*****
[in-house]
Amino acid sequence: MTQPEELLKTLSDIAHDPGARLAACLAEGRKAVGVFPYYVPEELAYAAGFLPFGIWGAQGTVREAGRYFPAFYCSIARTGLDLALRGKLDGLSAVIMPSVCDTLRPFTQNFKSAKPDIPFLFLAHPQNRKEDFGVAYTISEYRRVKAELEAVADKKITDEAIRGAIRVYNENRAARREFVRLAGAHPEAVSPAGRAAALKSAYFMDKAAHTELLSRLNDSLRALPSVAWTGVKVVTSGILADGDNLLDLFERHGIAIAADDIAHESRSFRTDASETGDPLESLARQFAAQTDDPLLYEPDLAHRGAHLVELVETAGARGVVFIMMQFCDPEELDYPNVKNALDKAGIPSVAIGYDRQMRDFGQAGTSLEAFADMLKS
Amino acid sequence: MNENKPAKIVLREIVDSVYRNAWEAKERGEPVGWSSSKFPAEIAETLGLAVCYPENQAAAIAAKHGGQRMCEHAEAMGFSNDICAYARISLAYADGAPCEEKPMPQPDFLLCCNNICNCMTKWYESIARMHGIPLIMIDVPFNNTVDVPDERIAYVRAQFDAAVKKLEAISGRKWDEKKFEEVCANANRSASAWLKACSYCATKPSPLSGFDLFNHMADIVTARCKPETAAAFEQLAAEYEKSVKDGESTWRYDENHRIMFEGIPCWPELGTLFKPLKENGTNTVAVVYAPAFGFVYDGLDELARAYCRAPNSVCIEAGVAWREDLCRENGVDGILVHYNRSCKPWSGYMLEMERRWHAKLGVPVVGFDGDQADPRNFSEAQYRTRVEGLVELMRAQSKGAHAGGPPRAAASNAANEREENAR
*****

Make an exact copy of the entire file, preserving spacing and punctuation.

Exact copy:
[in-house]
Amino acid sequence: MTQPEELLKTLSDIAHDPGARLAACLAEGRKAVGVFPYYVPEELAYAAGFLPFGIWGAQGTVREAGRYFPAFYCSIARTGLDLALRGKLDGLSAVIMPSVCDTLRPFTQNFKSAKPDIPFLFLAHPQNRKEDFGVAYTISEYRRVKAELEAVADKKITDEAIRGAIRVYNENRAARREFVRLAGAHPEAVSPAGRAAALKSAYFMDKAAHTELLSRLNDSLRALPSVAWTGVKVVTSGILADGDNLLDLFERHGIAIAADDIAHESRSFRTDASETGDPLESLARQFAAQTDDPLLYEPDLAHRGAHLVELVETAGARGVVFIMMQFCDPEELDYPNVKNALDKAGIPSVAIGYDRQMRDFGQAGTSLEAFADMLKS
Amino acid sequence: MNENKPAKIVLREIVDSVYRNAWEAKERGEPVGWSSSKFPAEIAETLGLAVCYPENQAAAIAAKHGGQRMCEHAEAMGFSNDICAYARISLAYADGAPCEEKPMPQPDFLLCCNNICNCMTKWYESIARMHGIPLIMIDVPFNNTVDVPDERIAYVRAQFDAAVKKLEAISGRKWDEKKFEEVCANANRSASAWLKACSYCATKPSPLSGFDLFNHMADIVTARCKPETAAAFEQLAAEYEKSVKDGESTWRYDENHRIMFEGIPCWPELGTLFKPLKENGTNTVAVVYAPAFGFVYDGLDELARAYCRAPNSVCIEAGVAWREDLCRENGVDGILVHYNRSCKPWSGYMLEMERRWHAKLGVPVVGFDGDQADPRNFSEAQYRTRVEGLVELMRAQSKGAHAGGPPRAAASNAANEREENAR